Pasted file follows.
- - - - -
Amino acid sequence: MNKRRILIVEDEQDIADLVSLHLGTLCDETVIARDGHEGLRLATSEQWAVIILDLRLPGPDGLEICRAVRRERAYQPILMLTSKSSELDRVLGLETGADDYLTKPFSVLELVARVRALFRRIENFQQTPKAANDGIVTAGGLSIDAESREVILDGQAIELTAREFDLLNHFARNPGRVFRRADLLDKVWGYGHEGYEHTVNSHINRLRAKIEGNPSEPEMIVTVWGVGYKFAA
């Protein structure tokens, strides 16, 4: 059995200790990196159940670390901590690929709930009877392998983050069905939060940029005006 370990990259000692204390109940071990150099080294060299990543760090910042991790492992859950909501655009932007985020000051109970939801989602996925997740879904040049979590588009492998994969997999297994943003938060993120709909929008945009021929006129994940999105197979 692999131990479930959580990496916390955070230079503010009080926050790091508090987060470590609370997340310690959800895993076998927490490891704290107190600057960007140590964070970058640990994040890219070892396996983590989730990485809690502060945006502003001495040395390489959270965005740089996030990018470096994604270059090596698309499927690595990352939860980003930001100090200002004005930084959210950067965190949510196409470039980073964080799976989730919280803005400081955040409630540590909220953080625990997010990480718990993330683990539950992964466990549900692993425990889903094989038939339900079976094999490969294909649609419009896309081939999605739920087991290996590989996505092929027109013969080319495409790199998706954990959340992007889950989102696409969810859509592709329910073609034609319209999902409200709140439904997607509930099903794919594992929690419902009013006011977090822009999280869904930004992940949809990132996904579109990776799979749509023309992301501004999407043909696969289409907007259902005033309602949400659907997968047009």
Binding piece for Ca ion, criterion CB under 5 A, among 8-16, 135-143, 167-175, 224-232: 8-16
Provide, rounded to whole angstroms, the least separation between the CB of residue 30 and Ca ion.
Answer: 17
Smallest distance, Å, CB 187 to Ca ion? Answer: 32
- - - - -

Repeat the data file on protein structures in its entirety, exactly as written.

Amino acid sequence: MNKRRILIVEDEQDIADLVSLHLGTLCDETVIARDGHEGLRLATSEQWAVIILDLRLPGPDGLEICRAVRRERAYQPILMLTSKSSELDRVLGLETGADDYLTKPFSVLELVARVRALFRRIENFQQTPKAANDGIVTAGGLSIDAESREVILDGQAIELTAREFDLLNHFARNPGRVFRRADLLDKVWGYGHEGYEHTVNSHINRLRAKIEGNPSEPEMIVTVWGVGYKFAA
């Protein structure tokens, strides 16, 4: 059995200790990196159940670390901590690929709930009877392998983050069905939060940029005006 370990990259000692204390109940071990150099080294060299990543760090910042991790492992859950909501655009932007985020000051109970939801989602996925997740879904040049979590588009492998994969997999297994943003938060993120709909929008945009021929006129994940999105197979 692999131990479930959580990496916390955070230079503010009080926050790091508090987060470590609370997340310690959800895993076998927490490891704290107190600057960007140590964070970058640990994040890219070892396996983590989730990485809690502060945006502003001495040395390489959270965005740089996030990018470096994604270059090596698309499927690595990352939860980003930001100090200002004005930084959210950067965190949510196409470039980073964080799976989730919280803005400081955040409630540590909220953080625990997010990480718990993330683990539950992964466990549900692993425990889903094989038939339900079976094999490969294909649609419009896309081939999605739920087991290996590989996505092929027109013969080319495409790199998706954990959340992007889950989102696409969810859509592709329910073609034609319209999902409200709140439904997607509930099903794919594992929690419902009013006011977090822009999280869904930004992940949809990132996904579109990776799979749509023309992301501004999407043909696969289409907007259902005033309602949400659907997968047009």
Binding piece for Ca ion, criterion CB under 5 A, among 8-16, 135-143, 167-175, 224-232: 8-16
Provide, rounded to whole angstroms, the least separation between the CB of residue 30 and Ca ion.
Answer: 17
Smallest distance, Å, CB 187 to Ca ion? Answer: 32